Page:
The greatest flaw with The Devil Made Me Do It is it just isn’t scary. The Conjuring movies work because they were self-contained ghost stories. The films would take place in one or two locations, forcing us to understand the layout of the land, and amping tension when we know someone – or something – is out of place. Not only does The Devil Made Me Do It eschew the ghost formula, it eschews almost everything that made these movies great. Now Ed and Lorraine are hunting ghosts all across the state of Connecticut, creating too wide a platform to work with and inadvertently ramping down the tension. Meanwhile, the “scares” at the heart of the film are significantly diminished by a focus on the “jump scare” as opposed to the tension. What always made the first Conjuring so great was its slow build-up to the reveal – casually showing us all the children were in bed as clapping echoes through the house. There’s no slow-build here. Now the demons jump out from behind doors and from under beds – and I’m sorry, no matter how hard you try, I’m never going to find a waterbed to be scary. It’s a bit disappointing – ghost stories are so simple to get right, and yet a desire to be “bigger” and “better” has resulted in CGI bodies getting distorted simply to gross out audiences. Unlike the first film, which was pure, unadulterated horror, or the second one, which created a unique villain in Valak, there’s nothing for audiences to truly be scared of; the focus is too scattershot.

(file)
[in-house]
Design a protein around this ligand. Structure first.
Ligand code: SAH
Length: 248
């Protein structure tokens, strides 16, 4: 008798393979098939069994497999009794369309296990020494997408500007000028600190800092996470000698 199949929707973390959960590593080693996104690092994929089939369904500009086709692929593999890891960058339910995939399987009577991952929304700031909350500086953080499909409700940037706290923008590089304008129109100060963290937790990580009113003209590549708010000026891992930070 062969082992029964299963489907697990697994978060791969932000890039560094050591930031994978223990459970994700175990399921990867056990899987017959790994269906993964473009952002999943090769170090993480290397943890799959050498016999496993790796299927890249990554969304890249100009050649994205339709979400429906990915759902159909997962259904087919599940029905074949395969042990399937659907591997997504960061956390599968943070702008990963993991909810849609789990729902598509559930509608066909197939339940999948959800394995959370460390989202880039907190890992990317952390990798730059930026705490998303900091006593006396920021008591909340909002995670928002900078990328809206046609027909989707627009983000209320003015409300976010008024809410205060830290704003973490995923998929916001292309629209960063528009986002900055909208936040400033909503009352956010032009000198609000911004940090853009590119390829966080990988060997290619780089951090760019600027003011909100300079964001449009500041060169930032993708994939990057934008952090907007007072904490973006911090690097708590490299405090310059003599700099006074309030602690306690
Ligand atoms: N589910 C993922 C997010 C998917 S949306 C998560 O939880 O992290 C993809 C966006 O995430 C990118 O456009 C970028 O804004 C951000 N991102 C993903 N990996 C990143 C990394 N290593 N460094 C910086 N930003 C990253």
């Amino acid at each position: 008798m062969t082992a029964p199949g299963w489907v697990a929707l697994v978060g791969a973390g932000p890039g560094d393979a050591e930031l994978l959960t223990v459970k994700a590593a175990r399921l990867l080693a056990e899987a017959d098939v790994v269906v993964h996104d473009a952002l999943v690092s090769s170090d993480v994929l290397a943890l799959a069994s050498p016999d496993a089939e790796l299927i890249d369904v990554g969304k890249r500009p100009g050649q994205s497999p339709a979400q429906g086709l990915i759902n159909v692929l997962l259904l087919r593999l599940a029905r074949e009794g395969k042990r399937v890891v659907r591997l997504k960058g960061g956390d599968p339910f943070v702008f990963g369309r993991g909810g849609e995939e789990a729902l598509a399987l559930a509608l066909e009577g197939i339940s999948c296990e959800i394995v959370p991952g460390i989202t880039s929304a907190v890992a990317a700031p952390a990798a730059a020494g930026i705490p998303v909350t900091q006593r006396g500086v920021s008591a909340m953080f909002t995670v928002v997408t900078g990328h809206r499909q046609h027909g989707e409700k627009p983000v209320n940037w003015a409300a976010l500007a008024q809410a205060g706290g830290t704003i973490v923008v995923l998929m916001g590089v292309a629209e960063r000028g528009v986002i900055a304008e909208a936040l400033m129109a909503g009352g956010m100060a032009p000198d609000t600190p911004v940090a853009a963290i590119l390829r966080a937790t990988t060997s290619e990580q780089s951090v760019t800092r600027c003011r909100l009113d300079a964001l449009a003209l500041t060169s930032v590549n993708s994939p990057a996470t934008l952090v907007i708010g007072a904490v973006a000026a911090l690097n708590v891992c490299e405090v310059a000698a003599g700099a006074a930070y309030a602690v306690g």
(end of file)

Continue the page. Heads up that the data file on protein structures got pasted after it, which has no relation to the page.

Of course, it doesn’t help that Michael Chaves spends the entire film creating a “greatest hits” feel. And I don’t just mean from the series itself, although he does mimic iconic moments like the original’s opening tracking shot for no discernible reason. I mean he’s constantly creating homages to older, better horror films, often for no other reason than, “Hey, remember this?” You’ll notice the film’s blatant attempts at homage from the opening minutes, when the exorcism of David Glatzel opens with…a priest dropped off by a taxi in the fog underneath a streetlight. Never mind that this setup makes no sense in this location or setup. Just gotta make that reference so the rubes in the audience declare “I ‘MEMBER DIS!” Similar references are made to Blair Witch Project, Don’t Look Now, and, weirdly, The Texas Chainsaw Massacre – which is especially weird, because it has nothing to do with the story, and the chainsaw is never used as a weapon in any sense of the word. Perhaps these homages to other, scarier films are meant to distract us from the fact that the film has nothing particularly scary to show us. Human villains are inherently less scary – they can be killed, unlike ghosts and demons, and the fact that the film now resorts to psychic battles where witches can send zombie assassins doesn’t change that. In fact, the only two actual scares in the film come not from jumps or passing references to older material – they come in the form of original sequences of good old-fashioned tension, like a POV shot from a demon silently watching Arne, or the gradual amp-up to the violent act. Knowing something terrible is coming and feeling powerless to stop it is far more interesting than a monster jumping out and shouting “Boogidy Boogidy Boogidy!”